Once upon a time, video was a shiny new tool afforded only by the savviest of marketers. But thanks to technology and 5G, those days are long gone. Video is finally the democratized soapbox we all need. Whether you’re just getting started or you’re a seasoned communications pro, here are 10 steps every business should consider before embarking on a video campaign.
1. Make a Mission Statement
This is a clear and high level summation of what you’re doing, why you’re doing it, and what you’re hoping to accomplish. You can see this as the canned answer for running by your CEO who just signed off on your budget. For example, “Through a quarterly video shoot with our top analysts, we’re looking to elevate our research with video content to increase viewership, attract new customers and elevate the firm’s standing in the industry.”
2. Terms of Success
It’s essential to decide on how and when you’re measuring the efficacy of your content. Some measures of success include increased sales, user engagement, views and capital return. Frequency can be measured on a weekly, monthly, quarterly or annual basis, depending on the nature of the project. An important distinction to keep in mind is that B to C (Business to Consumer) content is typically geared towards a large audience while B to B (Business to Business) is aimed at attracting the right audience. Which leads us into the next point…
3. Identify your Target Audience
Who are you trying to reach? Describe them, identify who they are, where they are located geographically, and how they access content. How old are they? Are they male or female? Are there any specific income brackets? For example, if your target demographic is Generation Y, it’s probably not in your best interest to distribute on Facebook or Linkedin, where you’re more likely to reach their parents and grandparents. Instead, go where they are!
4. Make a Budget
Budgets are almost always a negotiation between what the client wants and what they’re willing to pay. Before requesting estimates, determine a sustainable budget based on your business needs and communicate that in your RFP. This way, you can base your vendor choice on merit, trustworthiness and skill rather than arbitrary numbers. One mistake I’ve seen many potential clients make is relying on vendors to determine pricing. The problem with this is that there is a tremendous range of scale when it comes to video production. Cameras and lighting range from hundreds to hundreds of thousands. Are you recording on a basic cinema camera like the Canon C300 or the Arri Alexa? Are you going to have styled cinema lighting or a basic lighting setup? Not to mention hair, makeup, wardrobe, insurance and union vs. non-union talent. Where along this spectrum your production falls needs to come from client needs and budget. This way, producers can work backwards and create a plan to fit within those parameters.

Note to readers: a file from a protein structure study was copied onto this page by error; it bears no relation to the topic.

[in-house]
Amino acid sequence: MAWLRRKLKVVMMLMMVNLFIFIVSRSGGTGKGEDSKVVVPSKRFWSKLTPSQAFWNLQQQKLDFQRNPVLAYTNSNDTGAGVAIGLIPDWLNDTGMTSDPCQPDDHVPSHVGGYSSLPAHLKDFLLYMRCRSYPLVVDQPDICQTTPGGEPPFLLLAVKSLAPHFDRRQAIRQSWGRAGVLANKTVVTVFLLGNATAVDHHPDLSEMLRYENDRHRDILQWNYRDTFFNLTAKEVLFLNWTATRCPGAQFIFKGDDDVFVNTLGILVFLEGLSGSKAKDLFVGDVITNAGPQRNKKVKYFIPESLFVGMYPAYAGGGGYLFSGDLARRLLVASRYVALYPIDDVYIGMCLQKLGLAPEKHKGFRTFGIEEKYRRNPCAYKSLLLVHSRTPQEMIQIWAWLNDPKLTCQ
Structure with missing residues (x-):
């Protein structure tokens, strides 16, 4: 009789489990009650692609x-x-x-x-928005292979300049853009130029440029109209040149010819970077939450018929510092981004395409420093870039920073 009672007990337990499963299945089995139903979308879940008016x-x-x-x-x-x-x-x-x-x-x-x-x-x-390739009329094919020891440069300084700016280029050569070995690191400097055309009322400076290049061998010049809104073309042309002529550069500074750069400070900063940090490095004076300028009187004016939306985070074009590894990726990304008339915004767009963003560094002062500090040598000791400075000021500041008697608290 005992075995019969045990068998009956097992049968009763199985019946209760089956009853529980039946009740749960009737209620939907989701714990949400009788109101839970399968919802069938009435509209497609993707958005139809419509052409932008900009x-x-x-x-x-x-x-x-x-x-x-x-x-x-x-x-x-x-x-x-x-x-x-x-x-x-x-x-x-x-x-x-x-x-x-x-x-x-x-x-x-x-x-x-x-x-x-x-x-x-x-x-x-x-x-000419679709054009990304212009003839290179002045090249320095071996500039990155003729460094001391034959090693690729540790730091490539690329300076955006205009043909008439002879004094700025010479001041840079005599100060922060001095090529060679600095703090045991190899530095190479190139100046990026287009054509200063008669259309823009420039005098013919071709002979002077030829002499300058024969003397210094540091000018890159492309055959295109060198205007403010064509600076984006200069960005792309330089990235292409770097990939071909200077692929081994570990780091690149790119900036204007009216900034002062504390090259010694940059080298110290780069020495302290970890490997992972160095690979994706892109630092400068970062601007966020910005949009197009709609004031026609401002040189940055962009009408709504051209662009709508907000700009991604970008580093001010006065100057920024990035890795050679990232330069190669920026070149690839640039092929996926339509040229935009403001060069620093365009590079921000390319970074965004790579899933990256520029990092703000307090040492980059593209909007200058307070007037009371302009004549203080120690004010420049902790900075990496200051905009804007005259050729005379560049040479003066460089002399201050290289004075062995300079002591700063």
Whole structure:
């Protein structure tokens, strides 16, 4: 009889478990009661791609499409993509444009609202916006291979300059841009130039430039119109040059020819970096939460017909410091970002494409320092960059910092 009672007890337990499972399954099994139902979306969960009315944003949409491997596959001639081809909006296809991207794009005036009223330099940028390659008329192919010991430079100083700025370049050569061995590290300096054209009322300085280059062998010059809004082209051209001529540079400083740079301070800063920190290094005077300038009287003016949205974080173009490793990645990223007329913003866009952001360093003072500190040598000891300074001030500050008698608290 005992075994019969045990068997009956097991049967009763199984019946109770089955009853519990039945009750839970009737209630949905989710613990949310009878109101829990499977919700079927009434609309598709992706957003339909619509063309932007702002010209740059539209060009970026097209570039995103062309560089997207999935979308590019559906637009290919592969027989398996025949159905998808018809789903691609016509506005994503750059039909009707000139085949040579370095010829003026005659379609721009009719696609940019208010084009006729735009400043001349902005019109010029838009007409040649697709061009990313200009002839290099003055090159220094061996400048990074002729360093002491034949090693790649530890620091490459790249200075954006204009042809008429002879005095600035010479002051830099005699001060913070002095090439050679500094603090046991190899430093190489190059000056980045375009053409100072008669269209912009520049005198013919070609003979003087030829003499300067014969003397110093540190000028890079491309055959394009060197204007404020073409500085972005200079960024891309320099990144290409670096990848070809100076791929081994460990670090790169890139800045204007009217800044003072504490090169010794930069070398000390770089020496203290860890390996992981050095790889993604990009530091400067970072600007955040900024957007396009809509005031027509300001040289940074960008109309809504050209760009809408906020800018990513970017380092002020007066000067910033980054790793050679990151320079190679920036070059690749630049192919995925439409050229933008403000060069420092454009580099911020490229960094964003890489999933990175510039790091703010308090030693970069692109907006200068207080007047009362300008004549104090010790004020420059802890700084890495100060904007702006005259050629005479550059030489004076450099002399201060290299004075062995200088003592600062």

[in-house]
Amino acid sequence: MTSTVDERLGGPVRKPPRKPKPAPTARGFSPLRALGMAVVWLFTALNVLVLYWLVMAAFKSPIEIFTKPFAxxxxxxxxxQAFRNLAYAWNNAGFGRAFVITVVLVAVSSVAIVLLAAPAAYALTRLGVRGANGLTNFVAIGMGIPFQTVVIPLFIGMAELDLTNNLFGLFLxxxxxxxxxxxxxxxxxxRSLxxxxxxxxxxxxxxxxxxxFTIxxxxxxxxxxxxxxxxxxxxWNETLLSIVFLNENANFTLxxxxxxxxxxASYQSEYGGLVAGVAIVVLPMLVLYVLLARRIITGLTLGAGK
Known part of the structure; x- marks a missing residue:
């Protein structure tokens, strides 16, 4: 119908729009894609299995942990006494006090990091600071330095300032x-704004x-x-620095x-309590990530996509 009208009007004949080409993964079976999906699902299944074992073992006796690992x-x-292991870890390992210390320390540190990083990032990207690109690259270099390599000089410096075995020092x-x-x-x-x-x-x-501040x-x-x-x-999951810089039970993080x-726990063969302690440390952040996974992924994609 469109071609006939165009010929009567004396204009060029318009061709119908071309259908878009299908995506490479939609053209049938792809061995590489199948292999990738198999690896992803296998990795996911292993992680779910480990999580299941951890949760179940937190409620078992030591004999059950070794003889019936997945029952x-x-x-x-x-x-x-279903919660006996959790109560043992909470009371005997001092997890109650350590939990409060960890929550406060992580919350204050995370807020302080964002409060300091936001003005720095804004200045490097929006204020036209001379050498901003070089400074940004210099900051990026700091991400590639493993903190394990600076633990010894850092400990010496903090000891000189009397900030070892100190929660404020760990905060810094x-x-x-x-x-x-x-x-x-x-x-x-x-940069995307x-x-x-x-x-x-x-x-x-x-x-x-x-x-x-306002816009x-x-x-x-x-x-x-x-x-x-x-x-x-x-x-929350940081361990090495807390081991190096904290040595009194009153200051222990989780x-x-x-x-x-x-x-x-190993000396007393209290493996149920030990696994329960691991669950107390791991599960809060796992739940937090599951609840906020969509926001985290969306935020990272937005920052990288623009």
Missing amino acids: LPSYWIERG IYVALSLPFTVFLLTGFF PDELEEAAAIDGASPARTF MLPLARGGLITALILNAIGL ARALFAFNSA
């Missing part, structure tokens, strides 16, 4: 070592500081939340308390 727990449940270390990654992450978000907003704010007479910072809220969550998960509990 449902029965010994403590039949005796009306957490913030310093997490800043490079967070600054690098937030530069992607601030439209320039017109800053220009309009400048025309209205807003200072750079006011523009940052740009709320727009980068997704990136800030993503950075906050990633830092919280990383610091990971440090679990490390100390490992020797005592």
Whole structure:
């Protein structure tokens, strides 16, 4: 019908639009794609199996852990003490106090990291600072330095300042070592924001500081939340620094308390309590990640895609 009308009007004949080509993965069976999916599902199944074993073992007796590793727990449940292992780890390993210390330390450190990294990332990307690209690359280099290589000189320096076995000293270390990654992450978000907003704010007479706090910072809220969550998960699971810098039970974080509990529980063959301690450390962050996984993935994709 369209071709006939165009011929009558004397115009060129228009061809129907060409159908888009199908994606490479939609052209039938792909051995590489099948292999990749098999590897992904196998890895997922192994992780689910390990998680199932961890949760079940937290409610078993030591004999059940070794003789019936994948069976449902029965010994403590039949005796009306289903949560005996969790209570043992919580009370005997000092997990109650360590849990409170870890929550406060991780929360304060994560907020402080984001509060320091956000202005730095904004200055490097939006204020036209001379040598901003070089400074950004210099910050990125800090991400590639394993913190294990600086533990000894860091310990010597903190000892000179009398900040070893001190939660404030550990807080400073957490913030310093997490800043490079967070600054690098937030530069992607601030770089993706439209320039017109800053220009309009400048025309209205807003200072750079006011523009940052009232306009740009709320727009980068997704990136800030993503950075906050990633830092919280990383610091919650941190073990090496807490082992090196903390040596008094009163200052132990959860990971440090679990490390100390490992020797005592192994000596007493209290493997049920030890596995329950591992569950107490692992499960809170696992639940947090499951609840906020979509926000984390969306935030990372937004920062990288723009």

5. Find Comparables
Don’t reinvent the wheel. No matter how novel your approach may be, there is something comparable out there so use it to your advantage. It’s not uncommon for creatives to draw inspiration from existing work. I often use links as references to share with clients and my team members. This is especially important when a client expects champagne tastes on a beer budget. It’s important to clarify what is achievable at each price point.
6. Streamline Direction
Too many chefs spoil the broth so select a unified voice from your organization as the main point of contact between your company and the video production and post-production teams. That person should be the gatekeeper who communicates all decisions and direction. Lack of leadership will have an impact on budget, as it invariably leads to duplicate work and additional edit hours.
7. Distribution Strategy
This hinges on many factors including the type of content, length, message and subject. There’s an ever-changing myriad of platforms to choose from, and within each platform you can choose whether to embed or upload directly. For example, some might choose to host video content on Youtube and embed the link on social media accounts. Others choose to upload directly into those platforms, bypassing a separate video hosting source. Some of these choices are based on logic and others are based on trial and error. For example, a finance client of mine started off using Vimeo and then soon switched to uploading content directly to Linkedin, which is where their biggest audience was.
On a film set, it’s said that you never really finish, you just run out of time. The same can be said for any video project. Every phase from pre-production to your shoot day and editing requires a time cap. It has to be on a calendar and communicated to your team members, partners and vendors.
9. Measure Success and Failure
There is value in both! Learn from the mistakes and use the wins as your guide for what warrants repeating. Your plan should be flexible and reactive, so as you continue on your road to harvesting your own crop of content gold, the benefits will increase over time.
10. Be Strategic
Think long-term. No matter how much you want your premiere video to succeed, the first iteration of your campaign is the guinea pig. Look at it with a critical eye, figure out what worked and what didn’t, and keep facing forward.